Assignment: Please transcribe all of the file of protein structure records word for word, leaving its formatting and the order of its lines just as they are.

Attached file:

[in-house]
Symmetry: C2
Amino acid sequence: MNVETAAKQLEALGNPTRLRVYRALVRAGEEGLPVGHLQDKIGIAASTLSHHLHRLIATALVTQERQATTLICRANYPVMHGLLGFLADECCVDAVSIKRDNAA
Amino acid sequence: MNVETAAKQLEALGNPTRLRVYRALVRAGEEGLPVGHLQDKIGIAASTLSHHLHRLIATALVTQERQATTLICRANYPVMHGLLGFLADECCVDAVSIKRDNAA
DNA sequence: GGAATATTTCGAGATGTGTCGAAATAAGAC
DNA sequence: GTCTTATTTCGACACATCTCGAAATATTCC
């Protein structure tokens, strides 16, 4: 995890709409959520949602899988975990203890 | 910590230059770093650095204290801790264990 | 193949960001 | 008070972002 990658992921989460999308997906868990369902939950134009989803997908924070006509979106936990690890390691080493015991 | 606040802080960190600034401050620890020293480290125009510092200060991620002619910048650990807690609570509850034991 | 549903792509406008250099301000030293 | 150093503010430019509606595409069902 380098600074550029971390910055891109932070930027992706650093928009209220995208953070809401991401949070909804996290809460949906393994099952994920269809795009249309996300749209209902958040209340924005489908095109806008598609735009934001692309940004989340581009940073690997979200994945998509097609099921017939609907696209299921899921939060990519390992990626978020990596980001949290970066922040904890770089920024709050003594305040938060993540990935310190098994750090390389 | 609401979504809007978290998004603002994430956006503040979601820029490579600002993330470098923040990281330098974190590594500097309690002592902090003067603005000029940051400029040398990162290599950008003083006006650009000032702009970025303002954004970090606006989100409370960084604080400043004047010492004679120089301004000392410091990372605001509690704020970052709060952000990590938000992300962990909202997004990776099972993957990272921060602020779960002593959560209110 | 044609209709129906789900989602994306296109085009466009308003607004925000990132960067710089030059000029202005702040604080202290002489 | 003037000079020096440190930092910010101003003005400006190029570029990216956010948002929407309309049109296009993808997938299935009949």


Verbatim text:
[in-house]
Symmetry: C2
Amino acid sequence: MNVETAAKQLEALGNPTRLRVYRALVRAGEEGLPVGHLQDKIGIAASTLSHHLHRLIATALVTQERQATTLICRANYPVMHGLLGFLADECCVDAVSIKRDNAA
Amino acid sequence: MNVETAAKQLEALGNPTRLRVYRALVRAGEEGLPVGHLQDKIGIAASTLSHHLHRLIATALVTQERQATTLICRANYPVMHGLLGFLADECCVDAVSIKRDNAA
DNA sequence: GGAATATTTCGAGATGTGTCGAAATAAGAC
DNA sequence: GTCTTATTTCGACACATCTCGAAATATTCC
């Protein structure tokens, strides 16, 4: 995890709409959520949602899988975990203890 | 910590230059770093650095204290801790264990 | 193949960001 | 008070972002 990658992921989460999308997906868990369902939950134009989803997908924070006509979106936990690890390691080493015991 | 606040802080960190600034401050620890020293480290125009510092200060991620002619910048650990807690609570509850034991 | 549903792509406008250099301000030293 | 150093503010430019509606595409069902 380098600074550029971390910055891109932070930027992706650093928009209220995208953070809401991401949070909804996290809460949906393994099952994920269809795009249309996300749209209902958040209340924005489908095109806008598609735009934001692309940004989340581009940073690997979200994945998509097609099921017939609907696209299921899921939060990519390992990626978020990596980001949290970066922040904890770089920024709050003594305040938060993540990935310190098994750090390389 | 609401979504809007978290998004603002994430956006503040979601820029490579600002993330470098923040990281330098974190590594500097309690002592902090003067603005000029940051400029040398990162290599950008003083006006650009000032702009970025303002954004970090606006989100409370960084604080400043004047010492004679120089301004000392410091990372605001509690704020970052709060952000990590938000992300962990909202997004990776099972993957990272921060602020779960002593959560209110 | 044609209709129906789900989602994306296109085009466009308003607004925000990132960067710089030059000029202005702040604080202290002489 | 003037000079020096440190930092910010101003003005400006190029570029990216956010948002929407309309049109296009993808997938299935009949």